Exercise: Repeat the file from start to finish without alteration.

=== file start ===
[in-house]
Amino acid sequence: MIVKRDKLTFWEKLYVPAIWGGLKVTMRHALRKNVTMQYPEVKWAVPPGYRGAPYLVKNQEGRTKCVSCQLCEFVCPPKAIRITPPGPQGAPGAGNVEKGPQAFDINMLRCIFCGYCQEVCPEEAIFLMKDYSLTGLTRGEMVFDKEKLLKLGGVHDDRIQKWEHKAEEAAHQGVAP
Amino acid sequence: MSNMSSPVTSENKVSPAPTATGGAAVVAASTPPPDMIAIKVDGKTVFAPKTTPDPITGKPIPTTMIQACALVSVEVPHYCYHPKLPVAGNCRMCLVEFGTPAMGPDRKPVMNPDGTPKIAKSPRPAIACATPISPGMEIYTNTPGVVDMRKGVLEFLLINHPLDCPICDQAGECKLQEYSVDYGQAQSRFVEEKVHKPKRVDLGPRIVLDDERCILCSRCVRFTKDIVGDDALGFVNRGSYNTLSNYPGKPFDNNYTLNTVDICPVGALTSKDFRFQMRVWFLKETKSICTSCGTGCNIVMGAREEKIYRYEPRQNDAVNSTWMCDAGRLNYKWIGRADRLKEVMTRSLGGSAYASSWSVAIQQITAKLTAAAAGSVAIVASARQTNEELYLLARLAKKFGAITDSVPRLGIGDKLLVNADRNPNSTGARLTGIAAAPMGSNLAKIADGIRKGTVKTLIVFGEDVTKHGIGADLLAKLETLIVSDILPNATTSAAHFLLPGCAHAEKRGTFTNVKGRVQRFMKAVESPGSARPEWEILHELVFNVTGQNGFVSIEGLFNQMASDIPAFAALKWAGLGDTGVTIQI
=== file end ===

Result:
[in-house]
Amino acid sequence: MIVKRDKLTFWEKLYVPAIWGGLKVTMRHALRKNVTMQYPEVKWAVPPGYRGAPYLVKNQEGRTKCVSCQLCEFVCPPKAIRITPPGPQGAPGAGNVEKGPQAFDINMLRCIFCGYCQEVCPEEAIFLMKDYSLTGLTRGEMVFDKEKLLKLGGVHDDRIQKWEHKAEEAAHQGVAP
Amino acid sequence: MSNMSSPVTSENKVSPAPTATGGAAVVAASTPPPDMIAIKVDGKTVFAPKTTPDPITGKPIPTTMIQACALVSVEVPHYCYHPKLPVAGNCRMCLVEFGTPAMGPDRKPVMNPDGTPKIAKSPRPAIACATPISPGMEIYTNTPGVVDMRKGVLEFLLINHPLDCPICDQAGECKLQEYSVDYGQAQSRFVEEKVHKPKRVDLGPRIVLDDERCILCSRCVRFTKDIVGDDALGFVNRGSYNTLSNYPGKPFDNNYTLNTVDICPVGALTSKDFRFQMRVWFLKETKSICTSCGTGCNIVMGAREEKIYRYEPRQNDAVNSTWMCDAGRLNYKWIGRADRLKEVMTRSLGGSAYASSWSVAIQQITAKLTAAAAGSVAIVASARQTNEELYLLARLAKKFGAITDSVPRLGIGDKLLVNADRNPNSTGARLTGIAAAPMGSNLAKIADGIRKGTVKTLIVFGEDVTKHGIGADLLAKLETLIVSDILPNATTSAAHFLLPGCAHAEKRGTFTNVKGRVQRFMKAVESPGSARPEWEILHELVFNVTGQNGFVSIEGLFNQMASDIPAFAALKWAGLGDTGVTIQI